4. Shutdown of Chiller

    1. Press "enter" for approximately 4 sec.
    2. Turn the power switch to the "OFF" position.

    5. Turning on the Vacuum

    1. Ensure the vacuum door is secured in place.
    2. Turn the Vacuum 1 and 2 knobs to the "ON" positions.
    3. Wait until the VAP5 vacuum gauge reads a vacuum level less than 1.5 mbar.

    6. Detector System Setup

    1. To set up the gas pressure, verify the Main Pressure Gauge of the reduction valve is at least 10 bar.
    2. Open the Main Valve.
    3. Slowly open the Operating Pressure Valve until the pressure reaches 8 bar at the Operating Pressure Gauge.
    4. Open the Second Main Valve
    5. To adjust gas flow, open the Main Pressure valve by turning the knob to the vertical position on the Gas Control panel.
    6. Adjust the flow rate with the needle valve until the gauge reads approximately 8 bar.
    7. Turn the Main Power switch to the "ON" position. The LED light should light up.
    8. To adjust the high voltage, activate the high voltage by turning the switch to the "ON" position. The LED light should light up.
    9. Slowly turn the voltage control knob until approximately 3.5kV is reached on the gauge. DO NOT EXCEED 4kV.

    7. Calibration

    1. The experimental steps above are performed with a sample of known peaks.
    2. ASA 3.3 is used to obtain graph of intensity vs. channel with 5 peaks.
    3. Go to Menu →Options→Enter channels and corresponding intensities.
    4. Go to ASA3, "TPF" tab first.
    5. Change filter, top left 1 mm Nickel (beam filter).
    6. Set position 32,000 (range 28,000 to 32,000, critical region around 28,000) → go to position, make sure vacuum is below 5 mbar, make sure the detector is reading between 1k -10K.
    7. Run for 10 sec for approximately 52 counts per sec.
    8. Change the energy windows, (or measure the energy window with the sample only, not including the filter case). Set the final run for 10 sec.
    9. Find the location of the primary beam (channel 233 for example).
    10. For other runs, change filter again to 2 mm Tungsten (W, beam stopper) and start from 30,000.
    11. Find the location of all other peaks of the samples.
    12. Use ImageJ-macro software to calibrate SAXS - making transitions from intensity vs. channel to intensity vs. q (or d spacing) (Figure 1).
    13. Use ImageJ-macro software to calibrate WAXS - making transitions from intensity vs. channel to intensity vs. q (or d spacing) (Figure 2).

    8. Software Procedure

    1. Use the software ASA 3.3, to collect the live data: Live Data→ TPF tab→ Save file.
    2. For EasySWAXS, click on the Device Settings tab.
    3. Enter the "a", lambda, and d values, as well as the center of gravity.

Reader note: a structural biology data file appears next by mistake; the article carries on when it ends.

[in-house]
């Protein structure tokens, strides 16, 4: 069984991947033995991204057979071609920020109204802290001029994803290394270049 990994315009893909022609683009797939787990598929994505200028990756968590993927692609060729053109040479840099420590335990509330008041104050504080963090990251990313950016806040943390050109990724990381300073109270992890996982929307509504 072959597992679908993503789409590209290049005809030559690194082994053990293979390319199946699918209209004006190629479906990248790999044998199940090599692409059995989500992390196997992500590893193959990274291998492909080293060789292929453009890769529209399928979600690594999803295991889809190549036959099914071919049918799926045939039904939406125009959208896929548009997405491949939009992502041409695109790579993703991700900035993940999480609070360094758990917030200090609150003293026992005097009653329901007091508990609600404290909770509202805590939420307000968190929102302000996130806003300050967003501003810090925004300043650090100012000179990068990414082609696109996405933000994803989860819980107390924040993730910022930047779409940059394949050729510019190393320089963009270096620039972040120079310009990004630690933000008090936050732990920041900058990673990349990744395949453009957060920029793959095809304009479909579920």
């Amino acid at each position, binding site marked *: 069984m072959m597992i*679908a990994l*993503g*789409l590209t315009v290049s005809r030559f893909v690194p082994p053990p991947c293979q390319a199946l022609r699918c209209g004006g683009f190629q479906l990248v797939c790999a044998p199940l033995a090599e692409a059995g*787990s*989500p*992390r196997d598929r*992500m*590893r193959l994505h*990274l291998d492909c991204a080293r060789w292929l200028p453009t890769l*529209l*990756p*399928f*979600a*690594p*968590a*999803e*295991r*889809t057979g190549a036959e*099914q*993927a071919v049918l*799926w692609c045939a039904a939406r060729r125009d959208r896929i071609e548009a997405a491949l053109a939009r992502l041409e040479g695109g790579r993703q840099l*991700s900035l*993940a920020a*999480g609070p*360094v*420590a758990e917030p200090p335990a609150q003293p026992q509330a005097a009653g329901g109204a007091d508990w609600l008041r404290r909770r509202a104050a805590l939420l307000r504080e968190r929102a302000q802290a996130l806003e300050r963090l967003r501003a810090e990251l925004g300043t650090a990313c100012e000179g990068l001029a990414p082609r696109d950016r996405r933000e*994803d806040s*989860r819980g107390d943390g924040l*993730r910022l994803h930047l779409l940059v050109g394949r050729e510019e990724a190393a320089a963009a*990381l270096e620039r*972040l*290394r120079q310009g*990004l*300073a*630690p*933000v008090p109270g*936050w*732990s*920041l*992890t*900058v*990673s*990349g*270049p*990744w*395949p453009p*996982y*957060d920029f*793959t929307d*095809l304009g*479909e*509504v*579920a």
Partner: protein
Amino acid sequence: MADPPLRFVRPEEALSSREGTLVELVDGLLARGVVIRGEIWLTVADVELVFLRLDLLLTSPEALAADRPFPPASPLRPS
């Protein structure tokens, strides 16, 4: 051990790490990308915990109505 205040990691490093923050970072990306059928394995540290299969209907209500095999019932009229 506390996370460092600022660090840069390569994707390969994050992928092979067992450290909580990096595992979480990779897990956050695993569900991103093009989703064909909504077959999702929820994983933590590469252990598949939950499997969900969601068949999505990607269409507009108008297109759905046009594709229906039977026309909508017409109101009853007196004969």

4. Select Point Collimation.
    5. Select Globular particle type (unless it is a known to be a rod of flat shaped particle).
    6. Click on the Guinier-Plot tab. An I vs. q2 graph will be displayed.
    7. Drag the vertical lines to surround a section of approximately linear slope.
    8. At the bottom of the screen, an R value will be displayed. Next to this there is a validation requirement.
    9. Continue to drag the vertical lines closer together until the validation value is between 1 and 2. This is subjective. The R value, or Radius of Gyration, obtained is an estimate.

    9. Source Shutdown Procedure

    1. Verify the safety and fast shutters are closed.
    2. Turn the Standby key to the "ON" position.
    3. Wait for the touchscreen to read standby levels.
    4. Press R5 on the touchscreen.
    5. Reduce the current to 0 A.
    6. Reduce the voltage to 0 A.
    7. Turn the X-ray key to the "OFF" position.
    8. Switch the main power "OFF" by pushing the red off button.

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    Representative Results

    SAXS and WAXS altogether can provide structural information of the sample through the following parameters: the radius of gyration, particle size and shape, solution structure factor, specific inner surface and pore size, lattice type and dimension, and electron density. SAXS and WAXS can also be applied to the study of protein dynamics 1.

    The structural information of SWAXS experiments is obtained by comparing the experimentally detected spectra and the computational results of the system. The computational results were calculated in the software with a reasonable effective potential V eff(r)developed from statistical mechanics models, such as the Ornstein-Zernike (OZ) integral equation theory (an example of such analysis may be seen from Ref. 2).

    As part of the data analysis methods, models for the SWAXS absolute intensity I(q) will need to be developed in the software for study, where the scattering intensity, I(q), is a function of the momentum transfer in reciprocal space, the scattering vector q=4π sin(θ/2)/λ . q is a scalar quantity which is connected to the scattering angle, θ, and the wavelength of the radiation, λ. q lies in the range of 0.03 - 0.6 Å-1 in a typical SAXS experiment with a selected sample-to-detector distance. The size of the region investigated in real space is related to q by r=2π/q, and lies in the range 11-2000 Å 3. WAXS, on the other hand, can resolve spacing larger than 3.3 Å. I(q) depends on the atomic features and the position of the atomic scattering centers. In the SWAXS experiment, first the measured intensity vs. channel must be calibrated to intensity vs. q or spacing d (Figure 1 and Figure 2). Then the software may be utilized to analyze the structural information.